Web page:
Peter Singer noted this when he wrote in Animal Liberation, "Without meat to deaden the palate we experience an extra delight in fresh vegetables taken straight from the ground.".Life in the '90s, though, means that your back 40 is probably a forty-foot yard and that you will have to squeeze your agricultural chores into an already overbooked lifestyle.Your mini-garden won't make you food self-sufficient, but it will put plenty of fresh vegetables on your table for much of the year.If you want the nutritional and flavor advantages that just-picked food can provide, first select a sunny, well-drained, and fertile site for your garden.You can improve drainage and fertility, but only Nature can supply the abundant sunshine vegetables must have to thrive.You may be able to let the sunshine in by trimming shrubs or tree branches, but if something immovable (like a building) is casting shade, look for another garden spot.The simplest way to improve drainage is to build raised beds for your plants, which is easier than it sounds.If you are turning a patch of lawn into a vegetable garden, be prepared for some hard work the first year.You may have trouble with destructive insects, like wireworms and white grubs, that live in grassy soil.You should have an inexpensive, but essential, soil test done by your county Extension Service (probably in the phone book under United States Government - Agriculture Department), or you can buy your own kit.The test will tell you how acid or alkaline your soil is and what to do about it, as well as levels of nitrogen, phosphorus, and potassium (NPK in gardening jargon).If your plot sits surrounded by lawn, make it four feet deep and work it from both sides.This wide dividing row will allow you to sit or kneel comfortably as you tend or pick the four-foot sections.Your goal is to space the rows so the top growth of the plants will touch and form a canopy.If you are using close spacing, remember to maintain soil fertility by adding plenty of organic matter.As for what to plant, choose vegetables that 1) you like; 2) produce abundantly in a small space; and 3) taste much better when absolutely fresh.Plants that produce the most in the least space include leafy greens (like lettuce, swiss chard, and kale), root vegetables (carrots, beets, and rutabagas), zucchini, staked tomatoes, broccoli, and green beans.Just-picked green peas (that need shelling) and sweet corn taste scrumptious fresh, but yield poorly in relation to the room they require.You can save space in your vegetable garden by growing bell peppers and eggplants as ornamentals among your flowers.Crops like green beans, cucumbers, zucchini, and transplants of peppers, eggplant, and tomatoes should go in after danger of frost.Park Seed Co., Cokesbury Road, Greenwood, SC 29647, carries some varieties specially bred to save space. .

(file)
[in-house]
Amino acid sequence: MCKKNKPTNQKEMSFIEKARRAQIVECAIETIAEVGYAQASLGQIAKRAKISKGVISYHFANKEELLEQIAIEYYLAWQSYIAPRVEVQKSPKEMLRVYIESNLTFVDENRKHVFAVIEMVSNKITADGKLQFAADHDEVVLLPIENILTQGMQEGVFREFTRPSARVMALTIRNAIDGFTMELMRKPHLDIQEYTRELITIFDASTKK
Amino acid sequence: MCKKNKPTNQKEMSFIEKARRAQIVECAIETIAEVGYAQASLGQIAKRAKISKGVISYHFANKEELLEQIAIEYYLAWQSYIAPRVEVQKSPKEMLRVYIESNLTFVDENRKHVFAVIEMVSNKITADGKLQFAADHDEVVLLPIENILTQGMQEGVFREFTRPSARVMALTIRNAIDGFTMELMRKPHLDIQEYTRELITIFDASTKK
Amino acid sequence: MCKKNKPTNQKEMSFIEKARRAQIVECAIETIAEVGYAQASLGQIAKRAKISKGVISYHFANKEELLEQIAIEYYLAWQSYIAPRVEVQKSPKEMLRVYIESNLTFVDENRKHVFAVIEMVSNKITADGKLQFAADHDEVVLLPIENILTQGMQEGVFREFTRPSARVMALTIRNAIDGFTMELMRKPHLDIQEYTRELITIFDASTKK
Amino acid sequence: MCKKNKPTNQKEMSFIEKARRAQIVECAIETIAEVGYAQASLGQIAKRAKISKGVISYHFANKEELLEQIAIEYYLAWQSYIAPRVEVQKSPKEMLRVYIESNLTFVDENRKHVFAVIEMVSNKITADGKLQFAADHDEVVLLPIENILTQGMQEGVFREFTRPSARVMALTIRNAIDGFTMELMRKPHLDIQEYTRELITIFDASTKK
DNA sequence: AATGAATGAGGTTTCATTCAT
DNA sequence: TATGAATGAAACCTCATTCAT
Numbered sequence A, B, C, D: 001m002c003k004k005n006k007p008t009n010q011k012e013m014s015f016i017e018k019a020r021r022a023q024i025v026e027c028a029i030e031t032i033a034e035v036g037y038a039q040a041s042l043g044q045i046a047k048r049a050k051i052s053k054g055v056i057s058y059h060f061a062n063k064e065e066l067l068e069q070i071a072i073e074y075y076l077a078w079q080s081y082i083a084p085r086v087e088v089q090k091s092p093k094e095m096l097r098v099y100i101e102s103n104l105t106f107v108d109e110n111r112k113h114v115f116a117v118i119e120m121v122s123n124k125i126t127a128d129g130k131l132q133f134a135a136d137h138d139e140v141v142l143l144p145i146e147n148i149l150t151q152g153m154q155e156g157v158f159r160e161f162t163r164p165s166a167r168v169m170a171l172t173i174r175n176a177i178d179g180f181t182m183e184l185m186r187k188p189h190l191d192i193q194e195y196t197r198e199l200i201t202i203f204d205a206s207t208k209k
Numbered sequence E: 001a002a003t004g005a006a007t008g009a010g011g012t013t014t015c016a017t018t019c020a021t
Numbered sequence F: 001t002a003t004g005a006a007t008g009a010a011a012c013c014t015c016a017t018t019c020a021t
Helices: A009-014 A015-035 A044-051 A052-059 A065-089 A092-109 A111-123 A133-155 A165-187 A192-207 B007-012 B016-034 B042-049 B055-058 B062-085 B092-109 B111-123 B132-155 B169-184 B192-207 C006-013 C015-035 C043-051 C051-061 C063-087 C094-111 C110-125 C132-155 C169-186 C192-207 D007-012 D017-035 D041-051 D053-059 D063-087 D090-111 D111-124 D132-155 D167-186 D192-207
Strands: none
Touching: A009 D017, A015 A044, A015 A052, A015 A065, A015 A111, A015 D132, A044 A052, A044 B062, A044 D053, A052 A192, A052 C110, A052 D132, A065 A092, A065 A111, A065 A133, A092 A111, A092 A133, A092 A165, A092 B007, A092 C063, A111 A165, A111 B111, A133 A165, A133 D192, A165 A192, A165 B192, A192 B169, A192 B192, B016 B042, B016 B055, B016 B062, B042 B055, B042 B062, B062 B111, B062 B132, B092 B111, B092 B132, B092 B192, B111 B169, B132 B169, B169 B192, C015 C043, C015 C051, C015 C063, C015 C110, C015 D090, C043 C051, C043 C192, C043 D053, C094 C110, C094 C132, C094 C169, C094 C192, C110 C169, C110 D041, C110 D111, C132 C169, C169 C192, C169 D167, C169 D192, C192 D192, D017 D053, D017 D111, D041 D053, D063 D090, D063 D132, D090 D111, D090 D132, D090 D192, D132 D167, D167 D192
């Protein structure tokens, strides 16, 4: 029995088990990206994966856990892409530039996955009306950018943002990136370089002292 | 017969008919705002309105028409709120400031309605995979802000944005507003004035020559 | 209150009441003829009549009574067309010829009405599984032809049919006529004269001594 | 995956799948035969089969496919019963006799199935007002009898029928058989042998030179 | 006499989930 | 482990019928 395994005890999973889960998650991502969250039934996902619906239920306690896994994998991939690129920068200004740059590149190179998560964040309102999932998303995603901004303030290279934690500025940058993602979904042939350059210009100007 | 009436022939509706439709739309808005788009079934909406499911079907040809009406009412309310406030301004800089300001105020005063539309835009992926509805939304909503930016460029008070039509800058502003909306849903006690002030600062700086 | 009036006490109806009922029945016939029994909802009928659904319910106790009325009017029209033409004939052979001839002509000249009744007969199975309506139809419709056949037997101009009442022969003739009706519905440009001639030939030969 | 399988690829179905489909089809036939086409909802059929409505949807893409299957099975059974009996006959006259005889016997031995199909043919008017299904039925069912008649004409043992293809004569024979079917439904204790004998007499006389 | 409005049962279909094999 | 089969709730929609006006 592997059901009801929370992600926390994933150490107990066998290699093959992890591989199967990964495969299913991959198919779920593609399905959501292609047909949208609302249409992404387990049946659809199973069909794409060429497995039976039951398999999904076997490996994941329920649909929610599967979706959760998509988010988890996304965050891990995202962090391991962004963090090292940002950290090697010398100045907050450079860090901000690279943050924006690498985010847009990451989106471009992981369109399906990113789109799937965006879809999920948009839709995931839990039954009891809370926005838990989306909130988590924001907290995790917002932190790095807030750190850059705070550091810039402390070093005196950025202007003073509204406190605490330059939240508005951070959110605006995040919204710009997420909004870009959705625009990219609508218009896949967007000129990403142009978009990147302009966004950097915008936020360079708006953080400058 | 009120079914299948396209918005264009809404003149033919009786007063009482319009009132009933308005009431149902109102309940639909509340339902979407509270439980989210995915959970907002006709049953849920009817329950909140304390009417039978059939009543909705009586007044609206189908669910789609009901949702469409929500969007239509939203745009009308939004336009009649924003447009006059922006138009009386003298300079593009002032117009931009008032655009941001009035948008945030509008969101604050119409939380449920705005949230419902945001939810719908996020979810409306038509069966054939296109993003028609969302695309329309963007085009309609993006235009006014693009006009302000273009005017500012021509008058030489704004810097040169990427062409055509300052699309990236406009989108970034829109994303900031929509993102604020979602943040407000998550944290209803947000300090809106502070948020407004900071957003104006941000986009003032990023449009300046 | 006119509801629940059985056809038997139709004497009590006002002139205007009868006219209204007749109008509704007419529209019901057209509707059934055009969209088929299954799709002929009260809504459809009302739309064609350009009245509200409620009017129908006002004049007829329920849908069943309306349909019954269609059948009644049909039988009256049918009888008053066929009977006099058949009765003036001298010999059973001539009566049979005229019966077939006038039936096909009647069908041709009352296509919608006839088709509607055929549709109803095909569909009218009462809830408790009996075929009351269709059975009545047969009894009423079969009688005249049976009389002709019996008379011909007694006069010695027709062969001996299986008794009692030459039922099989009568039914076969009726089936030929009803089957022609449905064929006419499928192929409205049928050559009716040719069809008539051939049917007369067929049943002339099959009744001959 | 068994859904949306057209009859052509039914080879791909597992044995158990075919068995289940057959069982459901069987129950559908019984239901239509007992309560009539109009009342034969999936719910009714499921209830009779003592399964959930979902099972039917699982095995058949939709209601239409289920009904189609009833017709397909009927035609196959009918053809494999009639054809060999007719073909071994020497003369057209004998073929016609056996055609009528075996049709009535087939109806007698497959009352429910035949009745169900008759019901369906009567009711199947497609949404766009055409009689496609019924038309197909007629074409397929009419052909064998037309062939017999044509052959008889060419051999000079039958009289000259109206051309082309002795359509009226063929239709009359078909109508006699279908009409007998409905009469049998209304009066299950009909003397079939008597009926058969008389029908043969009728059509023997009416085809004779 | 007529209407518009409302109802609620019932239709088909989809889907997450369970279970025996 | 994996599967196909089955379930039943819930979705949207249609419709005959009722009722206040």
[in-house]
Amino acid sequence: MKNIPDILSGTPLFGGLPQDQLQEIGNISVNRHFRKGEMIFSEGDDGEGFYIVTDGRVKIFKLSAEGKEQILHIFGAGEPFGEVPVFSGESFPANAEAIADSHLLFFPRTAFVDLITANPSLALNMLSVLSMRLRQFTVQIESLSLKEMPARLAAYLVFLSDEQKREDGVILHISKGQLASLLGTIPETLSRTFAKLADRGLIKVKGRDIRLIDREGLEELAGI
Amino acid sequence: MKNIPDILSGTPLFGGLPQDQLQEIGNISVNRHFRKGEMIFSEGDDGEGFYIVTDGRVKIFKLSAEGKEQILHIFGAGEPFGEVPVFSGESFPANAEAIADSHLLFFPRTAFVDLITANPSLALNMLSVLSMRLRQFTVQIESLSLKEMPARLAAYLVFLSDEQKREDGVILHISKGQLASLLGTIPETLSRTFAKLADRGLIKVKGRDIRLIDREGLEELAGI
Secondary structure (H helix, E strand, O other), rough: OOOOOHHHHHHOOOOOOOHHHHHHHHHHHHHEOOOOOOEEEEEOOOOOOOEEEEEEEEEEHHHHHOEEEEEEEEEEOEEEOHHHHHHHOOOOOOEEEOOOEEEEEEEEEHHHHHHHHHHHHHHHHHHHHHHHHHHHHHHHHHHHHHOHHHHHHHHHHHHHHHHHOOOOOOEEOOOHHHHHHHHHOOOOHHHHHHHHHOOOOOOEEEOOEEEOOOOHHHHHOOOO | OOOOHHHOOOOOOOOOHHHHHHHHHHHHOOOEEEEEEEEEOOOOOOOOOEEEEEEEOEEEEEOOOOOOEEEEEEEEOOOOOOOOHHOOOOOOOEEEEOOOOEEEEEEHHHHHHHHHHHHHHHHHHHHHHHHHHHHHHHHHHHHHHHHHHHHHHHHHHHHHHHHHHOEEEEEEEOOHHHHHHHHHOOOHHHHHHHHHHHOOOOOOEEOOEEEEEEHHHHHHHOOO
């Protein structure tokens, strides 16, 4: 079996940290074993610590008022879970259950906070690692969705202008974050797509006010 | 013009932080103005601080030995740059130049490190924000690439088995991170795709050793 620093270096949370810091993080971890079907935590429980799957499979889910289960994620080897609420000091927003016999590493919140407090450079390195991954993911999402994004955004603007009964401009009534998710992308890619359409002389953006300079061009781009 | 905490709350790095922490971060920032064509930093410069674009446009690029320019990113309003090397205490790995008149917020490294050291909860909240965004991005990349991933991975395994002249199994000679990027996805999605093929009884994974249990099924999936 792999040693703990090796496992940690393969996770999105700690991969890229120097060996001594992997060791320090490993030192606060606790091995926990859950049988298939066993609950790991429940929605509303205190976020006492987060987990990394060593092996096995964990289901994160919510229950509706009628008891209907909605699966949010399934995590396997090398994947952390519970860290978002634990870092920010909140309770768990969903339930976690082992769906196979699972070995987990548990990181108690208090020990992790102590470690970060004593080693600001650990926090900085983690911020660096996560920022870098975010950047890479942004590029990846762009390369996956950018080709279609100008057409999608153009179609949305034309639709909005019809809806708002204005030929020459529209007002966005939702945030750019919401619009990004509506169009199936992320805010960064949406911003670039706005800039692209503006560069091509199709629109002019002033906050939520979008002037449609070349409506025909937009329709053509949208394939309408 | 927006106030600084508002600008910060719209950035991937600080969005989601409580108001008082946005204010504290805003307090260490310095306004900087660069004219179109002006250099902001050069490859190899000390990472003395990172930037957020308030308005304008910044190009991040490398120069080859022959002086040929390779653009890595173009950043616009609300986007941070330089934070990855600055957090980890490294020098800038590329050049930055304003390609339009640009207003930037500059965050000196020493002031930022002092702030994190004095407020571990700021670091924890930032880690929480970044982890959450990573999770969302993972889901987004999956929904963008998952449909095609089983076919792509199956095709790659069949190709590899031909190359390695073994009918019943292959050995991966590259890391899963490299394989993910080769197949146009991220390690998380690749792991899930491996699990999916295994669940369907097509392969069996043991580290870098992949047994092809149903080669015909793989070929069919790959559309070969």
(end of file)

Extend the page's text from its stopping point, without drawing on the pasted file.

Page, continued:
Enhance Your Lawn With Foodscaping